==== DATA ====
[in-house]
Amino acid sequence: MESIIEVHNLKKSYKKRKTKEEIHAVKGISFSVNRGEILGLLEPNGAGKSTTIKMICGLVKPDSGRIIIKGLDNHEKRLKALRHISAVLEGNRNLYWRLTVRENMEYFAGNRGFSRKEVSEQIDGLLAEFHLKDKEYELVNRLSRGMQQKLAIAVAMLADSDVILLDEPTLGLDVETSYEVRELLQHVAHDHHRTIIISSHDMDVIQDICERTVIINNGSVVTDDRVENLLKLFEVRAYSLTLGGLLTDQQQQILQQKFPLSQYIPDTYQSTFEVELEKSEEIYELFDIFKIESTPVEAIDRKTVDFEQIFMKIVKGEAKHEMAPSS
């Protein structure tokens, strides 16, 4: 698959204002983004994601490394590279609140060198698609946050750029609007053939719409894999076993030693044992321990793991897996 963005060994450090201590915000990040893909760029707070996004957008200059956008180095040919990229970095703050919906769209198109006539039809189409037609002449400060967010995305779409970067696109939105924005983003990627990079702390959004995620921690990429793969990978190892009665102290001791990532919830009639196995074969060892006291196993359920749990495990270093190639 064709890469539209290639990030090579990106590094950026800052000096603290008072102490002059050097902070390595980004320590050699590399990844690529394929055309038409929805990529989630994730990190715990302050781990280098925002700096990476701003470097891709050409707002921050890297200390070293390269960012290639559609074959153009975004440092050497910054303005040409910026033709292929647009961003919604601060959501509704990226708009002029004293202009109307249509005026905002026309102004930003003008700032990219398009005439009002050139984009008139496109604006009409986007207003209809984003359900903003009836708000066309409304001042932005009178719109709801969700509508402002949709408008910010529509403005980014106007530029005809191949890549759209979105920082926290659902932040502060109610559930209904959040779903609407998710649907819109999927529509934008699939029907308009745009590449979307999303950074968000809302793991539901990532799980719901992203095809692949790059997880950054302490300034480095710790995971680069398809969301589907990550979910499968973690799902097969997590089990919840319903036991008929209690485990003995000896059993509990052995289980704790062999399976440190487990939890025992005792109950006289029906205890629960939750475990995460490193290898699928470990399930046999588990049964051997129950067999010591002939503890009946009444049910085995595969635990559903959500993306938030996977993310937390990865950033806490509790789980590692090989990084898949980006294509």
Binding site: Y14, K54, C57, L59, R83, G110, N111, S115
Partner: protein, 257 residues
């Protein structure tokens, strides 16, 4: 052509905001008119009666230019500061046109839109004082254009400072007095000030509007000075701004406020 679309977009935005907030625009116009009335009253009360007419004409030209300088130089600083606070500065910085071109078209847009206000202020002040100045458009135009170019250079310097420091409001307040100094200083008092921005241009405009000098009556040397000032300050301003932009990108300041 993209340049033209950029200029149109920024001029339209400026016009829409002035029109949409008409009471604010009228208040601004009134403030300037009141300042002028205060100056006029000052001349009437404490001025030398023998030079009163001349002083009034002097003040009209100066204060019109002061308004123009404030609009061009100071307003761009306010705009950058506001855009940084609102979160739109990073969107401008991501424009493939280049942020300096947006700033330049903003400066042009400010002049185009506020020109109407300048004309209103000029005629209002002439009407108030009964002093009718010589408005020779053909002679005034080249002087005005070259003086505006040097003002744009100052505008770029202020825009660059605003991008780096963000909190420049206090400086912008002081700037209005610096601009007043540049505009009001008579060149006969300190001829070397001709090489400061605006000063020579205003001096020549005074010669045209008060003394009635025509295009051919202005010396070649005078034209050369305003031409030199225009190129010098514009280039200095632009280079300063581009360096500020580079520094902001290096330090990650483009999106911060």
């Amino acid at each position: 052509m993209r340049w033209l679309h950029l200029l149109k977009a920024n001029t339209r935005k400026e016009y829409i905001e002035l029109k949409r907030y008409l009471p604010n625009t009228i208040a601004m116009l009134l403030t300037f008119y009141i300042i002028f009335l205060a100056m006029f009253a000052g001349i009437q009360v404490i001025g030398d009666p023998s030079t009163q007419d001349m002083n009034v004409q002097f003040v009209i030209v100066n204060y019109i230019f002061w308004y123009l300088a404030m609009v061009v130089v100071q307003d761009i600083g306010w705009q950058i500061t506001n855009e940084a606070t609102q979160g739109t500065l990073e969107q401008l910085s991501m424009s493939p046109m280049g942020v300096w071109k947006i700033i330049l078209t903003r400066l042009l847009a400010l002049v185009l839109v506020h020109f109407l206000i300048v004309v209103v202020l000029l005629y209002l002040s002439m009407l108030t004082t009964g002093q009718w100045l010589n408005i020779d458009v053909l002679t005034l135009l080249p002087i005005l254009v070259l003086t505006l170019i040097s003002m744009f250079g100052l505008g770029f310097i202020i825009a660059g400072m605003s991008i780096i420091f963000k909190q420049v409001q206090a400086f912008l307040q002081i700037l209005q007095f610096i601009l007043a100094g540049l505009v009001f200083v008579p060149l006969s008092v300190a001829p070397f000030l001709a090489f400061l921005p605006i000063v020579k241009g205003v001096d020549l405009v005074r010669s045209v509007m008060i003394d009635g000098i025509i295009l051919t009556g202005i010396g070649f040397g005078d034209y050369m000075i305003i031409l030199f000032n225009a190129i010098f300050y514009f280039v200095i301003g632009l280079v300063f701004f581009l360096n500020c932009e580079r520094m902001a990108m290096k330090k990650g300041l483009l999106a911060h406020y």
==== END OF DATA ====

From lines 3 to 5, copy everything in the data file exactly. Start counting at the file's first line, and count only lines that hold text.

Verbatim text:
């Protein structure tokens, strides 16, 4: 698959204002983004994601490394590279609140060198698609946050750029609007053939719409894999076993030693044992321990793991897996 963005060994450090201590915000990040893909760029707070996004957008200059956008180095040919990229970095703050919906769209198109006539039809189409037609002449400060967010995305779409970067696109939105924005983003990627990079702390959004995620921690990429793969990978190892009665102290001791990532919830009639196995074969060892006291196993359920749990495990270093190639 064709890469539209290639990030090579990106590094950026800052000096603290008072102490002059050097902070390595980004320590050699590399990844690529394929055309038409929805990529989630994730990190715990302050781990280098925002700096990476701003470097891709050409707002921050890297200390070293390269960012290639559609074959153009975004440092050497910054303005040409910026033709292929647009961003919604601060959501509704990226708009002029004293202009109307249509005026905002026309102004930003003008700032990219398009005439009002050139984009008139496109604006009409986007207003209809984003359900903003009836708000066309409304001042932005009178719109709801969700509508402002949709408008910010529509403005980014106007530029005809191949890549759209979105920082926290659902932040502060109610559930209904959040779903609407998710649907819109999927529509934008699939029907308009745009590449979307999303950074968000809302793991539901990532799980719901992203095809692949790059997880950054302490300034480095710790995971680069398809969301589907990550979910499968973690799902097969997590089990919840319903036991008929209690485990003995000896059993509990052995289980704790062999399976440190487990939890025992005792109950006289029906205890629960939750475990995460490193290898699928470990399930046999588990049964051997129950067999010591002939503890009946009444049910085995595969635990559903959500993306938030996977993310937390990865950033806490509790789980590692090989990084898949980006294509």
Binding site: Y14, K54, C57, L59, R83, G110, N111, S115
Partner: protein, 257 residues